There’s no one “right” approach to leadership, so consider approaching it from the perspective of a coach. Core coaching skills like empathy, curiosity, and listening go hand-in-hand with being a good leader. Below, 10 members of The Forbes Coaches Council explain how managers can lead like coaches.
- Train your own leaders: Teaching and coaching run parallel, but too many times, training comes from the outside. Tapping into your top leaders’ best practices through more formal teaching is hidden gold for most organizations.
- Stay Curious: Curiosity is key. A leader who is not curious is not reading between the lines and assessing morals. Become curious about what isn’t being said. Show interest in an employee’s life and how it affects their performance
- Ensure Emotional Safety: Managers who want to drive better results need to demonstrate openness, true listening and an allowance for imperfection. Be a human being with your team.
- Ask Questions That Encourage Employee Ownership: Managers are often tempted to tell employees what to do, but instead ask them to take ownership of their ideas and think through the outcomes.
- Actively Listen To Your People: Silence is gold — that’s where the gold is. As a manager, you can practice this skill by simply being quiet and letting your associate talk without agenda or interruption.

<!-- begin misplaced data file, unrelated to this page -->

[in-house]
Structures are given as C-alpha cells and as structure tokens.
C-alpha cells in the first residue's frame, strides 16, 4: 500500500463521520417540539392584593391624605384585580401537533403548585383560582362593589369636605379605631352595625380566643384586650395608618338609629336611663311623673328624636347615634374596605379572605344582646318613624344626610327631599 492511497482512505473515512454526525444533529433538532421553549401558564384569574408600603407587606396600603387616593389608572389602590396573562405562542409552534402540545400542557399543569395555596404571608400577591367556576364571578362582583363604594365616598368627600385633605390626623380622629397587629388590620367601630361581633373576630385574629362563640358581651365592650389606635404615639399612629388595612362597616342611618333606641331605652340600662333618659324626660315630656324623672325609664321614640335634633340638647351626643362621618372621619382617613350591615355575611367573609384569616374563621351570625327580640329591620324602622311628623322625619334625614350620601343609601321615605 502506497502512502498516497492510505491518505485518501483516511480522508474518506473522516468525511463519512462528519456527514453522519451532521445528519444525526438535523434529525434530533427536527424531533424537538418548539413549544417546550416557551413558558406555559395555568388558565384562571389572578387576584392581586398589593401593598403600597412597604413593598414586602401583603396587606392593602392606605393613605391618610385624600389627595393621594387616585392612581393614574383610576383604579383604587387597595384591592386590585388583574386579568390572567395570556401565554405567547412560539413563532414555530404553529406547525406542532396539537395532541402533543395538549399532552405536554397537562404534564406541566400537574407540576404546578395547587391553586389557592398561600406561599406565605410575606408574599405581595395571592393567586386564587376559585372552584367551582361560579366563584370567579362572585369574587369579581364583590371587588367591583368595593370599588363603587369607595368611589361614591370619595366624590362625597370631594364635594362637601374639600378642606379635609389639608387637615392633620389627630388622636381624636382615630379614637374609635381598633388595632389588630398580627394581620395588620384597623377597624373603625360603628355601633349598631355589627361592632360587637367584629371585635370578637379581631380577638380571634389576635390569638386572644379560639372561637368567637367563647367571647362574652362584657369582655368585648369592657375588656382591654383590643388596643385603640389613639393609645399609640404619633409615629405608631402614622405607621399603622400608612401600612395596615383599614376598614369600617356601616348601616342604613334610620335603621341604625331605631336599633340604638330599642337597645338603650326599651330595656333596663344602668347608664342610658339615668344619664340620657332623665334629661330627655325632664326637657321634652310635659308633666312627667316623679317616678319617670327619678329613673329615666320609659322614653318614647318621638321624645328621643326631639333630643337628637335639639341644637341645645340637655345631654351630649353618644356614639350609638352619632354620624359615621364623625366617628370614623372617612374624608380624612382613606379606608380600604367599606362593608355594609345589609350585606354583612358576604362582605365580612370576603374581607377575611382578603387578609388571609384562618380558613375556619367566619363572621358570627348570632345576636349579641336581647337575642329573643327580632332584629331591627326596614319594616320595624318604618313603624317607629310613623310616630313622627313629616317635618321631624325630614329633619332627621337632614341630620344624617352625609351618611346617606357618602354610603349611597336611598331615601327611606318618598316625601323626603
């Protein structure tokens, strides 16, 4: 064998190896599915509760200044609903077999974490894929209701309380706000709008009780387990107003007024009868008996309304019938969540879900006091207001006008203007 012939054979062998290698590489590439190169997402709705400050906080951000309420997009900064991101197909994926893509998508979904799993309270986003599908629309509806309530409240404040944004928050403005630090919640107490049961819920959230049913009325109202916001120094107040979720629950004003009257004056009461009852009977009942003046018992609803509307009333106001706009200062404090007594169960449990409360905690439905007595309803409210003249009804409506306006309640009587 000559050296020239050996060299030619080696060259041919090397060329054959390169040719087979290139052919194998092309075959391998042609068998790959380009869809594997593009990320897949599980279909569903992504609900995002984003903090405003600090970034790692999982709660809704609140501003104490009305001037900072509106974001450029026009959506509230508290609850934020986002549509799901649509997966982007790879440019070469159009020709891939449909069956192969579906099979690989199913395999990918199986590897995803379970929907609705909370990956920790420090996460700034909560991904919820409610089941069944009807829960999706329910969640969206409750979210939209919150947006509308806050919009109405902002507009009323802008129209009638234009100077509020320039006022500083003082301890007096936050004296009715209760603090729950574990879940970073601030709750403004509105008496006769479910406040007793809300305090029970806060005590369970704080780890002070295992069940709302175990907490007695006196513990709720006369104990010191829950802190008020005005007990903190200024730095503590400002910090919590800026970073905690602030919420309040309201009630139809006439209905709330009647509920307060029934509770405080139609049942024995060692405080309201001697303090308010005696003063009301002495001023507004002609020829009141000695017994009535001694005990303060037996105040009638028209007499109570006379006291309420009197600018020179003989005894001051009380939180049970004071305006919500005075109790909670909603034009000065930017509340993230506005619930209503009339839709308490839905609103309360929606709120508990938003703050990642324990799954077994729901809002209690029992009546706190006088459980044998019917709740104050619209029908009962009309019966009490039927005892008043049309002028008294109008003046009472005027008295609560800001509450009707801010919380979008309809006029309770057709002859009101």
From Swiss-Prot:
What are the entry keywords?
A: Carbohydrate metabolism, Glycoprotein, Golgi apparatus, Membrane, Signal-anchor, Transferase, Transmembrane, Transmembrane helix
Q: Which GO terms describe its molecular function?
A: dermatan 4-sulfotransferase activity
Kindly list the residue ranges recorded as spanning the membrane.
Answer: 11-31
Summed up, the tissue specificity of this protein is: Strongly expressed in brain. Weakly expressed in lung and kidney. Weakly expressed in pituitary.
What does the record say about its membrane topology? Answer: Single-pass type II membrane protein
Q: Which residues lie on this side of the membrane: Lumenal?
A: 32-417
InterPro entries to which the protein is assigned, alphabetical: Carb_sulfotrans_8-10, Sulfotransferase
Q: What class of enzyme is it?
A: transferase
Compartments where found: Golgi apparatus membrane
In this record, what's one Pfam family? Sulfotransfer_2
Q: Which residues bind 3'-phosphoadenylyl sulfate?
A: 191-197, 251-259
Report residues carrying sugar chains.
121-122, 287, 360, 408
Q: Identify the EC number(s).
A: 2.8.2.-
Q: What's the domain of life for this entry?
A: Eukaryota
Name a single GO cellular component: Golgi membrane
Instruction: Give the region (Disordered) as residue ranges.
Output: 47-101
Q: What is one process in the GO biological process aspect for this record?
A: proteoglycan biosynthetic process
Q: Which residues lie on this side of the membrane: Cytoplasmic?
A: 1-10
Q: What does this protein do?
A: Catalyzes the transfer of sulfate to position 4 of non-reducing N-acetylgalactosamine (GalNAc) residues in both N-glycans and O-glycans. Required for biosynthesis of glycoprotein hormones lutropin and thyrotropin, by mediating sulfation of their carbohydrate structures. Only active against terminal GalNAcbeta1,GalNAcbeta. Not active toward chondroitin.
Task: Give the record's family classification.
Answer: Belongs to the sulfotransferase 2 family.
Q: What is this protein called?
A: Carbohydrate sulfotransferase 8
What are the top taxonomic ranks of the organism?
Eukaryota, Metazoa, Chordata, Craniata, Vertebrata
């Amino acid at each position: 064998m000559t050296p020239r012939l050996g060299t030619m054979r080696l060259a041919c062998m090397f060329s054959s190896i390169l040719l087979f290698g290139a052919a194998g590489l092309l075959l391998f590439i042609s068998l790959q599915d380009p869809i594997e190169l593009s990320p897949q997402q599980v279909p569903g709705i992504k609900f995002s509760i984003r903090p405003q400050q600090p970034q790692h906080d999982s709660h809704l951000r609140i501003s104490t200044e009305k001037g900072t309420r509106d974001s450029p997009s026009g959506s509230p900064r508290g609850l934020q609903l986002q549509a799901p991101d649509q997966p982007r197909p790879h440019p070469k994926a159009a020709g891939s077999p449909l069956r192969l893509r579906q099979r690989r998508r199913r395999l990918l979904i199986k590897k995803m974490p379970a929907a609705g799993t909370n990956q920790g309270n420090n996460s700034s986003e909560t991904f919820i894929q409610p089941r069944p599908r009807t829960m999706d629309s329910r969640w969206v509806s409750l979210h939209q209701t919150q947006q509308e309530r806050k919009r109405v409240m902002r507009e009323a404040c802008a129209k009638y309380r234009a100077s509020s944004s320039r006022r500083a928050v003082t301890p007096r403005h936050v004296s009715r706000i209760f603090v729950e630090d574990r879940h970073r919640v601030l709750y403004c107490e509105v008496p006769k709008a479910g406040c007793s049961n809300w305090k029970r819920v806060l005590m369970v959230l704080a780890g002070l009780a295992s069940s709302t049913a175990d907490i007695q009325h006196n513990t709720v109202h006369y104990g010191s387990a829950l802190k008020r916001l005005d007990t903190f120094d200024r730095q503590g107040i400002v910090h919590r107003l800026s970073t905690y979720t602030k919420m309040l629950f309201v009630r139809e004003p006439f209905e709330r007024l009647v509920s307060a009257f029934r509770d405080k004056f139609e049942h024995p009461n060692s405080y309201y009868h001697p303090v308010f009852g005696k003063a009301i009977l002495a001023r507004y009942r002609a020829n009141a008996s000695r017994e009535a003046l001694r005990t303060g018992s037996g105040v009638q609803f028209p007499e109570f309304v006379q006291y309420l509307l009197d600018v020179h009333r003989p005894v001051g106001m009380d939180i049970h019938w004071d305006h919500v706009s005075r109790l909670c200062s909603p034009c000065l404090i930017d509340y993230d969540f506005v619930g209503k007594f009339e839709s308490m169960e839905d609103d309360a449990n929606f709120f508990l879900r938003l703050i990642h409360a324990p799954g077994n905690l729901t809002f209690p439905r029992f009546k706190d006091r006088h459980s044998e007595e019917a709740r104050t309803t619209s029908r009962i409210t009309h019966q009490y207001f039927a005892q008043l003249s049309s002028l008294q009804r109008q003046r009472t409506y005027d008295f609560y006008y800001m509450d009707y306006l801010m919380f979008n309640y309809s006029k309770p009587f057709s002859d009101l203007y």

- Educate your team and Empower them: If you don’t understand your team’s strengths and weaknesses, you won’t have the power to strategically align them in a way that fills in the gaps.
- Model The Behavior You Expect: To lead others effectively, you must model the behavior you expect to see in others. People do what people see. In order to lead your team effectively, you must become an example.
- Succeed as a team: As a coach, it is my priority to ensure the success of each client, so I am constantly thinking about the best way to make that happen. My success is based on their success. Effective managers should take the same approach with each one of their employees.
- Daily Team Check-Ins: Hold daily five-minute check-ins with your team. Ask each team member to answer these questions in one sentence: What’s going on with you right now? What’s going well? What’s not going well? What are you learning about yourself? What’s next? Finally, what can I do to set you up for success?
- Hold Active Meetings: Some managers believe in a lot of “sit-down” or in-office meetings. Movement takes away agitation and creates a less tense environment, which allows a better flow of conversation
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